A Giant Among Men: Daniel O’Connell’s philosophical influences

 Alarmed at the progress of a Giant of their own Creation
Alarmed at the progress of a Giant of their own Creation.
© National Portrait Gallery, London (CC BY-NC-ND 3.0)

The satirical picture above (1831) from the National Portrait Gallery London depicts Daniel O’Connell approaching the Irish Channel, with Anglesey (Lord Lieutenant of Ireland) and Stanley (Chief Secretary of Ireland) attempting to restrain him by a large document headed PROCLAMATION. O’Connell holds a paper on which is written “Repeal of the Union”, in his other hand a paper bearing “Agitation within the letter of the law”.The implication is that O’Connell “is a monster produced by human machinations” (more details available from the British Museum).

Depicting O’Connell as Frankenstein’s Monster is appropriate, philosophically speaking: the DoIP notes that in his early life O’Connell had been “receptive to the leading radical philosophies of the day, including the revolutionary humanism and egalitarianism of William Godwin and Mary Wollstonecraft” (p. 255).  These two philosophers were, of course, the parents of Mary Shelley, author of Frankenstein.

Godwin’s Political Justice greatly influenced the young O’Connell regarding the nature and purpose of government. Godwin confirmed O’Connell’s abhorrence of political violence. O’Connell came to see the end of government as the happiness of the many, and since everyone was governed, everyone should participate in governing. O’Connell’s political path was set during his law training in Dublin and London from 1794-7: “in the spring of 1797 he was already a democrat in politics and a Deist in religion” (Thomas E. Hachey, Lawrence J. McCaffrey (eds) Perspectives On Irish Nationalism, University Press of Kentuckyp. 105.)

O’Connell had been converted to Deism by his reading of Paine’s Age of Reason. He rejected it after a decade as a “miserable philosophy” and returned to Catholicism. He remained radical however, seeking Catholic Emancipation from the Penal Laws (successfully, in 1829), and then repeal of the 1801 Act of Union. He insisted however that “no political change whatsoever is worth the shedding of a single drop of human blood”.

He carried on a mutually complimentary correspondence for over two years with Jeremy Bentham.  He shared beliefs with Bentham, being committed to judicial and legal reform and freedom of conscience, deeply hating slavery and arguing against prejudice against women (Crimmins, JSTOR). In a letter to Bentham he wrote, “My device is yours:— ‘The greatest possible good to the greatest possible number’…I sincerely wish I could devote the rest of my life to assist in realising this project” (quoted in DoIP, 256). The historian J. J. Lee suggests that O’Connell was influenced by four sources: Gaelic, patriot, Benthanite and Catholic (DoIP, 256).

In the end it seems O’Connell’s Catholicism became an obstacle to Bentham and O’Connell working together (Crimmins, JSTOR). His Catholicism did not stop O’Connell remaining a liberal: his children attended the school in Hume Street, Dublin run by Mary Wollstonecraft’s sister Everina (see History of Parliament Online and embedded Jenny McAuley tweet below).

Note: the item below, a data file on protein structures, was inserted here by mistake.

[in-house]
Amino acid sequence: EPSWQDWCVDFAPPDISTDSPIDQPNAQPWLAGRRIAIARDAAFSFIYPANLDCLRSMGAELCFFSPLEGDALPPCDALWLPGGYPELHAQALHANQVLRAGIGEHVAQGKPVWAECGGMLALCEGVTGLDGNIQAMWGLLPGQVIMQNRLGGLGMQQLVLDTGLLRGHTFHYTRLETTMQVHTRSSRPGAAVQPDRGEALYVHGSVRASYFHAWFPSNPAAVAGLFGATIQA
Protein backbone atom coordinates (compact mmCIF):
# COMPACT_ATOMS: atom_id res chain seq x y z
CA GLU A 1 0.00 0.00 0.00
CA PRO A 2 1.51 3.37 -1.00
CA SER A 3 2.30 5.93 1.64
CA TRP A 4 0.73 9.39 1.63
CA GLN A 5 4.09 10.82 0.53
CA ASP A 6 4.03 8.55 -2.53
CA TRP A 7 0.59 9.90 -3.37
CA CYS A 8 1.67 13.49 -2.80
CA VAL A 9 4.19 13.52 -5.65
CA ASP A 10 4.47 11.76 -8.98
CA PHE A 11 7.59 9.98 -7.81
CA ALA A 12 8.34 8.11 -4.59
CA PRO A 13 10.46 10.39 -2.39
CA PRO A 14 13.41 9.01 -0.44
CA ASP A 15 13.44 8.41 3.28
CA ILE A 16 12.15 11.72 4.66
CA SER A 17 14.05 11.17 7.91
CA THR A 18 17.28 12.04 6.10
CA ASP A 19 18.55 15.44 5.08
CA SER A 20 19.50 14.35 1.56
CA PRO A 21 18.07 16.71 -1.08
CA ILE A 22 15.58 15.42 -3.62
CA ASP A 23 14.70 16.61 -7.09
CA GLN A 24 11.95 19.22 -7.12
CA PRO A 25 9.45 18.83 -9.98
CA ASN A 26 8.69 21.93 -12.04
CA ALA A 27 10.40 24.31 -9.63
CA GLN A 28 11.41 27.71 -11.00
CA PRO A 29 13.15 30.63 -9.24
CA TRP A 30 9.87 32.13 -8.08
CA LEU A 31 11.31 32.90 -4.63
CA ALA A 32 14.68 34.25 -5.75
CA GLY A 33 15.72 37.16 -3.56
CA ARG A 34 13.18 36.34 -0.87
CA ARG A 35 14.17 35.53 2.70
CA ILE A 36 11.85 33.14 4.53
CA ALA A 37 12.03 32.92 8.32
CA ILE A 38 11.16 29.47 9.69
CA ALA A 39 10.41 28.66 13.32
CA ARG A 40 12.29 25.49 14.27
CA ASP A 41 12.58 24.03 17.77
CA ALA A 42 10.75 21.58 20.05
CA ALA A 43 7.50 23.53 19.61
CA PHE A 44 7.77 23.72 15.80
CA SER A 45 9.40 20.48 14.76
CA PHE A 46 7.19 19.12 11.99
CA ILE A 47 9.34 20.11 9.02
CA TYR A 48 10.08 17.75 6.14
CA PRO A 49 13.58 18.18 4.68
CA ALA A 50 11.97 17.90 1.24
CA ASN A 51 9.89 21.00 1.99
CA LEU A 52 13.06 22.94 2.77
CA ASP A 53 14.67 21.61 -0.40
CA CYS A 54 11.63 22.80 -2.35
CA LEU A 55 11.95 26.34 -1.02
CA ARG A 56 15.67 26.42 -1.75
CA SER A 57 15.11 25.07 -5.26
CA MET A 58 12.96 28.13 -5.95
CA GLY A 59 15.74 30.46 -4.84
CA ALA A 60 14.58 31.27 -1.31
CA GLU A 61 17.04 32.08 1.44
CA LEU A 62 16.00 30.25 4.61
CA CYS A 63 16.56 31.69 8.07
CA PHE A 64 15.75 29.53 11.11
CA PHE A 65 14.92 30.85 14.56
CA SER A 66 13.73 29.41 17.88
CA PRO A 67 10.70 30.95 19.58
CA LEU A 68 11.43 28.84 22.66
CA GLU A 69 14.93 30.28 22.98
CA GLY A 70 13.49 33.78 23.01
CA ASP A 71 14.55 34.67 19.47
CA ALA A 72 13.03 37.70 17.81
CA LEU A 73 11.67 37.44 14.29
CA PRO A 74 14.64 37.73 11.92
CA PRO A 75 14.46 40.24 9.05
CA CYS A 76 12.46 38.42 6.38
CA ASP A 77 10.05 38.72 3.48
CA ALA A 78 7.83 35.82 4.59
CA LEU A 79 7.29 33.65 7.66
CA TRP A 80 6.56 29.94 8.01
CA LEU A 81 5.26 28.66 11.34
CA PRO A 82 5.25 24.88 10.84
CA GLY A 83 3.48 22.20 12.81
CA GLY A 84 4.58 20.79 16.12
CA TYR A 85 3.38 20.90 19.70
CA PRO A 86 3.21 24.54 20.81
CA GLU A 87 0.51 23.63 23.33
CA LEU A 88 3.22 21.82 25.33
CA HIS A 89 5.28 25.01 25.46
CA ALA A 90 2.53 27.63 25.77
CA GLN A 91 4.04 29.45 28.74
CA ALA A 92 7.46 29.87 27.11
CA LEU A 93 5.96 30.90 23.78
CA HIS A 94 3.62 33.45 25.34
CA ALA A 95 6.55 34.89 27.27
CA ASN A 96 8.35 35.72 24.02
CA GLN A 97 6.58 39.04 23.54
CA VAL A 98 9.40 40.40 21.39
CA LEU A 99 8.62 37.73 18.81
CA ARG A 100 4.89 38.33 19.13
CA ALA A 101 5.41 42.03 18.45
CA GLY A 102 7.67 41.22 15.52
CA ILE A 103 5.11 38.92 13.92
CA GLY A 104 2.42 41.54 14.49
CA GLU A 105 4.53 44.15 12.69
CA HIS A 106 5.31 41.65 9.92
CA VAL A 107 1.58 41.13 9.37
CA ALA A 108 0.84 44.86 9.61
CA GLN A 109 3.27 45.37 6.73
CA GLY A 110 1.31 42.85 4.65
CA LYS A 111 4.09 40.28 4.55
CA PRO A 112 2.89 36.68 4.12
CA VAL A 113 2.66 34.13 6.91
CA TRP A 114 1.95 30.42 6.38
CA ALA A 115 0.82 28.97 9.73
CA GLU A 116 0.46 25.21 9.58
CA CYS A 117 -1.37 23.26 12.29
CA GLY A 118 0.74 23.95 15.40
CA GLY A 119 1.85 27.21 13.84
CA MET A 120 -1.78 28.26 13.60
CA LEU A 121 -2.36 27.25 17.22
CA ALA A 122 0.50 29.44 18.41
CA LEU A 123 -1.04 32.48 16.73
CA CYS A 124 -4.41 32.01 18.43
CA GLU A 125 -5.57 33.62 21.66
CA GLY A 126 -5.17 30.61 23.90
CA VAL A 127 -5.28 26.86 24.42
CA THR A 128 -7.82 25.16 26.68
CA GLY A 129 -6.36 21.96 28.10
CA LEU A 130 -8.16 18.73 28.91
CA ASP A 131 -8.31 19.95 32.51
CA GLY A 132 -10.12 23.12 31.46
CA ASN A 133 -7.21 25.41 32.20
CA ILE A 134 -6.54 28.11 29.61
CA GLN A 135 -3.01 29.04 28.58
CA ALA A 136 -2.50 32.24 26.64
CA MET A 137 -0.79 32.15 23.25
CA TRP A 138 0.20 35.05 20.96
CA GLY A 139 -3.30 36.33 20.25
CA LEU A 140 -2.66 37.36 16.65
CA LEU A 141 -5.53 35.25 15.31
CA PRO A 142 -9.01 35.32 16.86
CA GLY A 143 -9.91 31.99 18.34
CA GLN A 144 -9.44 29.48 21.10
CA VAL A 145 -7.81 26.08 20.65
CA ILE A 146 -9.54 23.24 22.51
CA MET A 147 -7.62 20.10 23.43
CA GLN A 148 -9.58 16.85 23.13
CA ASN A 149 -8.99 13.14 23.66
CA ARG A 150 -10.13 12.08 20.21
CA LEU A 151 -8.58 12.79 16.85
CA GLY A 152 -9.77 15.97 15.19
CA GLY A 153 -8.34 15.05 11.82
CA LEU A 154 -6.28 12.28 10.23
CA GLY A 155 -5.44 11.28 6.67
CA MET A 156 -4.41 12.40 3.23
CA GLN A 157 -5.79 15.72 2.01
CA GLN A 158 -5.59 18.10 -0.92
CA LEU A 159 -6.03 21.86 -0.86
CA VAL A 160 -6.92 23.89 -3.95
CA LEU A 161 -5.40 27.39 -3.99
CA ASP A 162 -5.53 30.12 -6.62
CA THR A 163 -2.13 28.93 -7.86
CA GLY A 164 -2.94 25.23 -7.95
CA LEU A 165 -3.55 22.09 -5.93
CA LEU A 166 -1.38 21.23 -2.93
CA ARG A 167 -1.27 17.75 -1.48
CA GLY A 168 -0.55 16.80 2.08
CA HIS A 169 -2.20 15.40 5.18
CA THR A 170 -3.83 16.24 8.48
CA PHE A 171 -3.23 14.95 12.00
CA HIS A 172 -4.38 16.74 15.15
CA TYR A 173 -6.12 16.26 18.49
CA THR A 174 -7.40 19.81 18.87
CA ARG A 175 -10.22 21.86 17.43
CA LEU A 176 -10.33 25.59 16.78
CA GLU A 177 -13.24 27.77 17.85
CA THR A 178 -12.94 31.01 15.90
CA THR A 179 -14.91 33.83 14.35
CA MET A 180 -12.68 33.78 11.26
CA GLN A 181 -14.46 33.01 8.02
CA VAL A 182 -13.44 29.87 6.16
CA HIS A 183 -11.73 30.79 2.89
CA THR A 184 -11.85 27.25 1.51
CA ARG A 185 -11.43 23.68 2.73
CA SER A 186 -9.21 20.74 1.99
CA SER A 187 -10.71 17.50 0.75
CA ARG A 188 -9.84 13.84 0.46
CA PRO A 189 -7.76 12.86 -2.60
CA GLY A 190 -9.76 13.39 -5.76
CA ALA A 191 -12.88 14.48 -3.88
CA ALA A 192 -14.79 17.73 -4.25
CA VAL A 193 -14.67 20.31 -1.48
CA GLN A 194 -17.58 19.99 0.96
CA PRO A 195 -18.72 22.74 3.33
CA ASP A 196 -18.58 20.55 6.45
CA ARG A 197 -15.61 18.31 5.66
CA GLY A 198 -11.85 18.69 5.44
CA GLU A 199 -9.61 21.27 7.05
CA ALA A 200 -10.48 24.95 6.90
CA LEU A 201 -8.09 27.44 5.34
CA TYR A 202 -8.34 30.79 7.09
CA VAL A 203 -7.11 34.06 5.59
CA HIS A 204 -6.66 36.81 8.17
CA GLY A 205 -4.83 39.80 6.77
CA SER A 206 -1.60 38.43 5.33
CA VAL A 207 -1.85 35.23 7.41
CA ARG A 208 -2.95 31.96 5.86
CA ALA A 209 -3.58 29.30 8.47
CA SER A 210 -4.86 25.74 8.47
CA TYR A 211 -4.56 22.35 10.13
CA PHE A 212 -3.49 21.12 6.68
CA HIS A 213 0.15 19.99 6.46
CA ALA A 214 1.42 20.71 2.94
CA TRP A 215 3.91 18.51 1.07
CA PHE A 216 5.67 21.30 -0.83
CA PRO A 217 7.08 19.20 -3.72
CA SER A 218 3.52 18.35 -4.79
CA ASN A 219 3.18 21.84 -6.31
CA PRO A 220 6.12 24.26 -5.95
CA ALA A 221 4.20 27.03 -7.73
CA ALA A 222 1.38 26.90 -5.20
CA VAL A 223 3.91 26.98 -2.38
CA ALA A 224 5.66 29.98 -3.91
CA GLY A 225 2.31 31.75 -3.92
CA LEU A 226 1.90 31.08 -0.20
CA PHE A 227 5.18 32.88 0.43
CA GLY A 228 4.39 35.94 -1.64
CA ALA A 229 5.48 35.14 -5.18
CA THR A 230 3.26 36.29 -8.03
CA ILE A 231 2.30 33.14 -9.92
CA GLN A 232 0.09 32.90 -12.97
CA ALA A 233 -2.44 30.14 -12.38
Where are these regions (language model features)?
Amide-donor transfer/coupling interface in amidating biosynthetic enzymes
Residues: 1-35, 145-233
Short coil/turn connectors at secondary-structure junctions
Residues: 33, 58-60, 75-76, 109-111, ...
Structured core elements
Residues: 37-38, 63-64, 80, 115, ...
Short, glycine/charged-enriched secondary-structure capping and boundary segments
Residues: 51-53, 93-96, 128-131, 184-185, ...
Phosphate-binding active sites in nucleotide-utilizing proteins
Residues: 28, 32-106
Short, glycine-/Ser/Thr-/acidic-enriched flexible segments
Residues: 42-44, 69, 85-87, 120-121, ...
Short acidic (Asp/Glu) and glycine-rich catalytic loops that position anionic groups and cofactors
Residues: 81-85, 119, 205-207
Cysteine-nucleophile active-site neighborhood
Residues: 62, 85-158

Detail of "The Anti-Slavery Society Convention, 1840" by Benjamin Robert, depicting O'Connell Wikimedia, Public Domain
Detail of “The Anti-Slavery Society Convention, 1840” by Benjamin Robert, depicting O’Connell
Wikimedia, Public Domain

O’Connell made a large contribution to the anti-slavery movement (Christine Kinealy, History Today), with some in the US taking the Repeal movement as a model for their own call for repeal of “the union between Northern Liberty and Southern Slavery” (W. Caleb McDaniel). O’Connell also is credited with inspiring Frederick Douglass.

In a recent review, Michael Saler said, “[Frankenstein] raised questions about social justice and reciprocal obligations in a modern, secular age, in the process also condemning slavery” (Michael Saler, Enlightened Monsters, TLS). Though meant as an insult in the satirical print above, perhaps there was no better metaphor than Frankenstein for Daniel O’Connell, a man who had seen the terrors of revolution, the man Bentham called “the Liberator of Liberators”.

O’Connell died on 15th May, 1847.

For more (and non-satirical) portraits of The Liberator, see this pdf from Irish Arts Review (2006).

For an outline of the Bentham-O’Connell correspondence, including quotes from the letters see:
James E. Crimmins 1997. “Jeremy Bentham and Daniel O’Connell: Their Correspondence and Radical Alliance, 1828-1831” in The Historical Journal, Vol. 40, No. 2 , pp. 359-387 (on JSTOR, limited access on reg)

Christine Kinealy 2007. “The Liberator: Daniel O’Connell and Anti-Slavery”, History Today, Volume: 57 Issue: 12 2007 ((online))

Patrick M. Geoghegan (2010) “‘A consistent advocate of nigger emancipation’:Daniel O’Connell and the campaign against slavery”, History Ireland, Vol 8, Issue 5. (online).

The Frederick Douglass/Daniel O’Connell Project 

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